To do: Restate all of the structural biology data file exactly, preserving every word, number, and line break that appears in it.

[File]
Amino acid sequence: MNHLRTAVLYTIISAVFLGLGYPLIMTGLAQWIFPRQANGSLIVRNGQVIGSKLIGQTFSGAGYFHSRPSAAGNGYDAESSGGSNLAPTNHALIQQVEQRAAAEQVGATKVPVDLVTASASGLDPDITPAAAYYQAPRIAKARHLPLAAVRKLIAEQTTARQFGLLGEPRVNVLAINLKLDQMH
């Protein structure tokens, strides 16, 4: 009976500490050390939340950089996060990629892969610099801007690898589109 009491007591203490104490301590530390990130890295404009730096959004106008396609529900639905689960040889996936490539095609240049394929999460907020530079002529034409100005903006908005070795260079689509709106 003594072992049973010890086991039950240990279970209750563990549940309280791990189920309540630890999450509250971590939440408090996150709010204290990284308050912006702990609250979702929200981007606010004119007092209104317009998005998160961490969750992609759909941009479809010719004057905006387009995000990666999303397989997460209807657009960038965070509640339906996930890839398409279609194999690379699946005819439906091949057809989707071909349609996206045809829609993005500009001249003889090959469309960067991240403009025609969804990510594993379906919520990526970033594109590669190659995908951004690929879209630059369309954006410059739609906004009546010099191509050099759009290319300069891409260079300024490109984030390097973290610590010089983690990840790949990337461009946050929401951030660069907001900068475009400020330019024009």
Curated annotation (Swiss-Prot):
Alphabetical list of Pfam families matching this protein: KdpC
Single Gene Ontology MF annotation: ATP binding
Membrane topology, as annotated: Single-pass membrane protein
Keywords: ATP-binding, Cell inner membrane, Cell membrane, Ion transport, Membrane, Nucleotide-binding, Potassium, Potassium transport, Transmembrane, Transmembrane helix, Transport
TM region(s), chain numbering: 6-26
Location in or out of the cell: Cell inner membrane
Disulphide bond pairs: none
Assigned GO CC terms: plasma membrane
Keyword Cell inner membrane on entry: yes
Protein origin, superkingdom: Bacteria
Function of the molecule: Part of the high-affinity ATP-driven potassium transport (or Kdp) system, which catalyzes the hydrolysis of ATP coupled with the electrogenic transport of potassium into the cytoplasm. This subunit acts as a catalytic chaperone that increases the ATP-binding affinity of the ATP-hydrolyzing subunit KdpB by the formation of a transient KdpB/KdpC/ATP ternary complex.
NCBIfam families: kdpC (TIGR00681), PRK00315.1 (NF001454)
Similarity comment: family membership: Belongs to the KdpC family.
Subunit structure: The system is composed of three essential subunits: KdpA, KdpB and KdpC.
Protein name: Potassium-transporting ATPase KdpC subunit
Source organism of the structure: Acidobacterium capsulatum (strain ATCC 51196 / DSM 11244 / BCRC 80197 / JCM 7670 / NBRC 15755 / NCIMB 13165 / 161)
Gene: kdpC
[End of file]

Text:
Amino acid sequence: MNHLRTAVLYTIISAVFLGLGYPLIMTGLAQWIFPRQANGSLIVRNGQVIGSKLIGQTFSGAGYFHSRPSAAGNGYDAESSGGSNLAPTNHALIQQVEQRAAAEQVGATKVPVDLVTASASGLDPDITPAAAYYQAPRIAKARHLPLAAVRKLIAEQTTARQFGLLGEPRVNVLAINLKLDQMH
């Protein structure tokens, strides 16, 4: 009976500490050390939340950089996060990629892969610099801007690898589109 009491007591203490104490301590530390990130890295404009730096959004106008396609529900639905689960040889996936490539095609240049394929999460907020530079002529034409100005903006908005070795260079689509709106 003594072992049973010890086991039950240990279970209750563990549940309280791990189920309540630890999450509250971590939440408090996150709010204290990284308050912006702990609250979702929200981007606010004119007092209104317009998005998160961490969750992609759909941009479809010719004057905006387009995000990666999303397989997460209807657009960038965070509640339906996930890839398409279609194999690379699946005819439906091949057809989707071909349609996206045809829609993005500009001249003889090959469309960067991240403009025609969804990510594993379906919520990526970033594109590669190659995908951004690929879209630059369309954006410059739609906004009546010099191509050099759009290319300069891409260079300024490109984030390097973290610590010089983690990840790949990337461009946050929401951030660069907001900068475009400020330019024009």
Curated annotation (Swiss-Prot):
Alphabetical list of Pfam families matching this protein: KdpC
Single Gene Ontology MF annotation: ATP binding
Membrane topology, as annotated: Single-pass membrane protein
Keywords: ATP-binding, Cell inner membrane, Cell membrane, Ion transport, Membrane, Nucleotide-binding, Potassium, Potassium transport, Transmembrane, Transmembrane helix, Transport
TM region(s), chain numbering: 6-26
Location in or out of the cell: Cell inner membrane
Disulphide bond pairs: none
Assigned GO CC terms: plasma membrane
Keyword Cell inner membrane on entry: yes
Protein origin, superkingdom: Bacteria
Function of the molecule: Part of the high-affinity ATP-driven potassium transport (or Kdp) system, which catalyzes the hydrolysis of ATP coupled with the electrogenic transport of potassium into the cytoplasm. This subunit acts as a catalytic chaperone that increases the ATP-binding affinity of the ATP-hydrolyzing subunit KdpB by the formation of a transient KdpB/KdpC/ATP ternary complex.
NCBIfam families: kdpC (TIGR00681), PRK00315.1 (NF001454)
Similarity comment: family membership: Belongs to the KdpC family.
Subunit structure: The system is composed of three essential subunits: KdpA, KdpB and KdpC.
Protein name: Potassium-transporting ATPase KdpC subunit
Source organism of the structure: Acidobacterium capsulatum (strain ATCC 51196 / DSM 11244 / BCRC 80197 / JCM 7670 / NBRC 15755 / NCIMB 13165 / 161)
Gene: kdpC